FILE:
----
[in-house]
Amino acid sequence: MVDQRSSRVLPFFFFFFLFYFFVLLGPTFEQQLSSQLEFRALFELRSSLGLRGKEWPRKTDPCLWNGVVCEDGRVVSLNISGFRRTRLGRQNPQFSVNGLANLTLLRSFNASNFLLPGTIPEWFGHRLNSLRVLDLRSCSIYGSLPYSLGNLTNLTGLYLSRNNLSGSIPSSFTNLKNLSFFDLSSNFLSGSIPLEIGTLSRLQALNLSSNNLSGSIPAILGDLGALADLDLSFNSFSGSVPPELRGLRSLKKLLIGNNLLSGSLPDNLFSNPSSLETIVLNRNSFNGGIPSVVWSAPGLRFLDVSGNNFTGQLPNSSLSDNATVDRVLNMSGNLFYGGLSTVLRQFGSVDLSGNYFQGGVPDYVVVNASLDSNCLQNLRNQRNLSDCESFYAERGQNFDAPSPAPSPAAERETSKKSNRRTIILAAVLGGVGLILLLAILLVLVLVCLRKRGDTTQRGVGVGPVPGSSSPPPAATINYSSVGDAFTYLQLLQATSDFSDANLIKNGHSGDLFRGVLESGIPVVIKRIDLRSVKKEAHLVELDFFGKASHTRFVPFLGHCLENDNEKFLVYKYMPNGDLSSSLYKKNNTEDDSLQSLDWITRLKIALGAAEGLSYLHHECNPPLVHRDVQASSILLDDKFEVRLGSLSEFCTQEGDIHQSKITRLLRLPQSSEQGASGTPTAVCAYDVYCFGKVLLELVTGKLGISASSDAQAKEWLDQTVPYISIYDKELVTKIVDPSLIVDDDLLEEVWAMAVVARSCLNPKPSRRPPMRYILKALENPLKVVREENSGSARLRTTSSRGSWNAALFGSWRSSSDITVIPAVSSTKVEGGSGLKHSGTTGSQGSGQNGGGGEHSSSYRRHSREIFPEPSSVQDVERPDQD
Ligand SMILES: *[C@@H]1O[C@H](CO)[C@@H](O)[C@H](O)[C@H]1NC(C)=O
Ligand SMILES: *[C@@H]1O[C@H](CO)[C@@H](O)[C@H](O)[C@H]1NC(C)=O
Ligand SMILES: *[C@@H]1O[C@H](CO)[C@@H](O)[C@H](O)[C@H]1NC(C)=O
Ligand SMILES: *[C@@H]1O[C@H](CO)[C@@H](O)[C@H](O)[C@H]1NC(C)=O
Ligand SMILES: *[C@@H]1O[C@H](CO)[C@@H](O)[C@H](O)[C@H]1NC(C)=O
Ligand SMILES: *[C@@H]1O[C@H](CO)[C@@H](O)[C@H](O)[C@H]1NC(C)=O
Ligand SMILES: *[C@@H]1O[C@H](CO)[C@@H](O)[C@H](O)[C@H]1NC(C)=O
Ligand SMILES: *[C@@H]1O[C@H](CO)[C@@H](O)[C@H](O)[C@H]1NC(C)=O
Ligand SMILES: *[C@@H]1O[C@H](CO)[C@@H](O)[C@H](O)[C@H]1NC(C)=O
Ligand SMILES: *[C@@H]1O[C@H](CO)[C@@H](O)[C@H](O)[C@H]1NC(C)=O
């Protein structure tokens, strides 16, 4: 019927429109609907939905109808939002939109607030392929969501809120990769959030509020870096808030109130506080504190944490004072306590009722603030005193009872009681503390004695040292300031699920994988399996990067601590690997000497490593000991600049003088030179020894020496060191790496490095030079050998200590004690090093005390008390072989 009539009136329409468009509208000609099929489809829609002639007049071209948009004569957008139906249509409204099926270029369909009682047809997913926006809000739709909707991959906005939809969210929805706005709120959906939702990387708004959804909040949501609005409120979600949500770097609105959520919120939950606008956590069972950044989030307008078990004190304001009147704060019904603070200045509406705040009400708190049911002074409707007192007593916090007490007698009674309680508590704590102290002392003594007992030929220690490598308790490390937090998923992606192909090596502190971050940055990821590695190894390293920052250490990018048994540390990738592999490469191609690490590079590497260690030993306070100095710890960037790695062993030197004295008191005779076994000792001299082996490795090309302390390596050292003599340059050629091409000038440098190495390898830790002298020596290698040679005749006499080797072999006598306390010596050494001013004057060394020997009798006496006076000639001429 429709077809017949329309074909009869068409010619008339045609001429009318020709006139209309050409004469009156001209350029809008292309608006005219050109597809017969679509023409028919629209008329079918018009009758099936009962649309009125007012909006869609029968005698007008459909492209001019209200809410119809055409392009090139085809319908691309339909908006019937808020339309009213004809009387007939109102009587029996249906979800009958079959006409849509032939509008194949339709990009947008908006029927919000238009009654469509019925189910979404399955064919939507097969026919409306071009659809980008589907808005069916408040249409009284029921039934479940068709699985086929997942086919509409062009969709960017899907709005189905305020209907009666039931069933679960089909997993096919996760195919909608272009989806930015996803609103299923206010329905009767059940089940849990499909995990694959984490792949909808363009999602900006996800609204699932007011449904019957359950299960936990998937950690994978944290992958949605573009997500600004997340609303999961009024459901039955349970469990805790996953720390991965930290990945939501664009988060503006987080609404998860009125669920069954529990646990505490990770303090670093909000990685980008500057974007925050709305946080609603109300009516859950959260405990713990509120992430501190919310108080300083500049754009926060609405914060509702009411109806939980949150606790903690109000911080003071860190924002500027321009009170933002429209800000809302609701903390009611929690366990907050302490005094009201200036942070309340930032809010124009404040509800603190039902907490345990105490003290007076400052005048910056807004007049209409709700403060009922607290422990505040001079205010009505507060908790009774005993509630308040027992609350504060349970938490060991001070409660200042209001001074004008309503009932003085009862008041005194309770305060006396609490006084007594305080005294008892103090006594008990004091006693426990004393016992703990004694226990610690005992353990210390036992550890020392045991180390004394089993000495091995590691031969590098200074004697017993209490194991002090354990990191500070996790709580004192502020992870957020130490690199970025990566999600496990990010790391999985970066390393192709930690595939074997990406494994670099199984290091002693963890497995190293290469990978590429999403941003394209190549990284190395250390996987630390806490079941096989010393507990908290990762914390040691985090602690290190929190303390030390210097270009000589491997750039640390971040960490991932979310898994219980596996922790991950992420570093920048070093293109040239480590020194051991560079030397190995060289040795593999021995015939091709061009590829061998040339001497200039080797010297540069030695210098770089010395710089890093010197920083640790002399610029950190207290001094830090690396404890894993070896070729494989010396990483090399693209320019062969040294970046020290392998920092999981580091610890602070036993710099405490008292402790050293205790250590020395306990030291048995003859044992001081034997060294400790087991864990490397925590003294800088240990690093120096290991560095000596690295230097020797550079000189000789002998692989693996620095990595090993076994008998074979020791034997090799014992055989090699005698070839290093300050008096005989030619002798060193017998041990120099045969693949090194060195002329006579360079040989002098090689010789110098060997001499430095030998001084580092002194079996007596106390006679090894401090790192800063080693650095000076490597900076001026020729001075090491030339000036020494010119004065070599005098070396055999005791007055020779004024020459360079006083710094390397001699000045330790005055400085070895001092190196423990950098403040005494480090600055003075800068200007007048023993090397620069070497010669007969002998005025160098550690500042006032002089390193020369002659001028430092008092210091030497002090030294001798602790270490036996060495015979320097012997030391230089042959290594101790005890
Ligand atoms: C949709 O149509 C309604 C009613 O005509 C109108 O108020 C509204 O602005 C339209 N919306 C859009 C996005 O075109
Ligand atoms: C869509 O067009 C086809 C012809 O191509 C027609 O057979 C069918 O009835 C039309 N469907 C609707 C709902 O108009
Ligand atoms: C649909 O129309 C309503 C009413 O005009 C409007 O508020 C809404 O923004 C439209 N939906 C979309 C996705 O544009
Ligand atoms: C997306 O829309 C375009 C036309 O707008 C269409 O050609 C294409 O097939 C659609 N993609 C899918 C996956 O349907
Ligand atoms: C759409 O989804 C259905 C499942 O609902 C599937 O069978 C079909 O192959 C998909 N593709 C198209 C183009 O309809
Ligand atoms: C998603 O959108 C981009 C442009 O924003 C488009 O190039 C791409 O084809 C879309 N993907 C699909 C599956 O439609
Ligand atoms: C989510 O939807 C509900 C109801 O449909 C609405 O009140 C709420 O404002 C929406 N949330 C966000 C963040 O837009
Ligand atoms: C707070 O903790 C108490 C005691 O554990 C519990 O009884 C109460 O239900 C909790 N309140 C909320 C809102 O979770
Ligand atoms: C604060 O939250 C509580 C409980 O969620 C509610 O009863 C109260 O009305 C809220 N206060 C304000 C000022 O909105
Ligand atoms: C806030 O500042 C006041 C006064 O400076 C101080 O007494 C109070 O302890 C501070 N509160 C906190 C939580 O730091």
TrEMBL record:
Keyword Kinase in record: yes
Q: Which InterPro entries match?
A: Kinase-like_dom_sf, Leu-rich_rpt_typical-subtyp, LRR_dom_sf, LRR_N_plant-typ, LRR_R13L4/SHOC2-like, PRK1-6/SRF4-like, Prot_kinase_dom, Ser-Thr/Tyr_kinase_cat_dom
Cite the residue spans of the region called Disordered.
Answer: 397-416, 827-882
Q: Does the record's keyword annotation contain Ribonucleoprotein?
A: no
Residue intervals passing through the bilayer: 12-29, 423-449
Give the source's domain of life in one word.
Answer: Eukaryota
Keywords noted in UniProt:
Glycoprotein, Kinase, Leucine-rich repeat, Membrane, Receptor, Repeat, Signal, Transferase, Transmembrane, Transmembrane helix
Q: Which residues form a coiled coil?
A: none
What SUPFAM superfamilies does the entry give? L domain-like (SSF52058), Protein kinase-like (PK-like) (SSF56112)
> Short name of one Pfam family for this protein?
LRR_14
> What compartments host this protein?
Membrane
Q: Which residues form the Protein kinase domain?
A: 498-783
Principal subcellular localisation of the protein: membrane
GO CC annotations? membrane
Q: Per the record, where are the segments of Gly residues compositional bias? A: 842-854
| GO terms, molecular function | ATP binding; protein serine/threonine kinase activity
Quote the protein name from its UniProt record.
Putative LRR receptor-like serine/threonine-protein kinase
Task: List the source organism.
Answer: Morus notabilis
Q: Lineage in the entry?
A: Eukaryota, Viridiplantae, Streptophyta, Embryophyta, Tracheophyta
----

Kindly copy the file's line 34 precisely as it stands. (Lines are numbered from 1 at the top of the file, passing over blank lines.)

Answer: Eukaryota